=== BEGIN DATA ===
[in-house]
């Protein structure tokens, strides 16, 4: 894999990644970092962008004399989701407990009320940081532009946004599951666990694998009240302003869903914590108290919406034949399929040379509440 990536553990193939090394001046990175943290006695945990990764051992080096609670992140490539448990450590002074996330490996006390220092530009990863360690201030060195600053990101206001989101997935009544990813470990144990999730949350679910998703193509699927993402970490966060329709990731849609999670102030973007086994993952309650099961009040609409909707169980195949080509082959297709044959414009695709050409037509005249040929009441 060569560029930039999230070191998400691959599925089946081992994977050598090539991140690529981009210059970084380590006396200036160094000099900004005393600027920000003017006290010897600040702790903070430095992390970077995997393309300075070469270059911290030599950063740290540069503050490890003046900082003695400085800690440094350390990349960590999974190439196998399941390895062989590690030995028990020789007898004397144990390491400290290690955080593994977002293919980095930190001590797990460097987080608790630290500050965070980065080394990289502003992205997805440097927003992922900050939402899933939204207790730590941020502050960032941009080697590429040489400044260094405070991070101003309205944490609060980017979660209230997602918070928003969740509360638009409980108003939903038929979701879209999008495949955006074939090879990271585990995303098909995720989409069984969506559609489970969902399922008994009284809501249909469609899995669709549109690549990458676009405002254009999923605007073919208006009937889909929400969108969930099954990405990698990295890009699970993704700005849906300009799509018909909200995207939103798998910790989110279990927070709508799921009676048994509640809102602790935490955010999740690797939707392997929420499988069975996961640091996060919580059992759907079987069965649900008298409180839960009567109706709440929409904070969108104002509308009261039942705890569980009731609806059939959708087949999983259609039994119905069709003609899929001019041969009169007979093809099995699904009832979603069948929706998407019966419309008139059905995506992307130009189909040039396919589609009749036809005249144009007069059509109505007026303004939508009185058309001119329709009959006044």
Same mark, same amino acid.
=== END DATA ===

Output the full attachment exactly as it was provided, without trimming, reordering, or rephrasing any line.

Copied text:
[in-house]
């Protein structure tokens, strides 16, 4: 894999990644970092962008004399989701407990009320940081532009946004599951666990694998009240302003869903914590108290919406034949399929040379509440 990536553990193939090394001046990175943290006695945990990764051992080096609670992140490539448990450590002074996330490996006390220092530009990863360690201030060195600053990101206001989101997935009544990813470990144990999730949350679910998703193509699927993402970490966060329709990731849609999670102030973007086994993952309650099961009040609409909707169980195949080509082959297709044959414009695709050409037509005249040929009441 060569560029930039999230070191998400691959599925089946081992994977050598090539991140690529981009210059970084380590006396200036160094000099900004005393600027920000003017006290010897600040702790903070430095992390970077995997393309300075070469270059911290030599950063740290540069503050490890003046900082003695400085800690440094350390990349960590999974190439196998399941390895062989590690030995028990020789007898004397144990390491400290290690955080593994977002293919980095930190001590797990460097987080608790630290500050965070980065080394990289502003992205997805440097927003992922900050939402899933939204207790730590941020502050960032941009080697590429040489400044260094405070991070101003309205944490609060980017979660209230997602918070928003969740509360638009409980108003939903038929979701879209999008495949955006074939090879990271585990995303098909995720989409069984969506559609489970969902399922008994009284809501249909469609899995669709549109690549990458676009405002254009999923605007073919208006009937889909929400969108969930099954990405990698990295890009699970993704700005849906300009799509018909909200995207939103798998910790989110279990927070709508799921009676048994509640809102602790935490955010999740690797939707392997929420499988069975996961640091996060919580059992759907079987069965649900008298409180839960009567109706709440929409904070969108104002509308009261039942705890569980009731609806059939959708087949999983259609039994119905069709003609899929001019041969009169007979093809099995699904009832979603069948929706998407019966419309008139059905995506992307130009189909040039396919589609009749036809005249144009007069059509109505007026303004939508009185058309001119329709009959006044």
Same mark, same amino acid.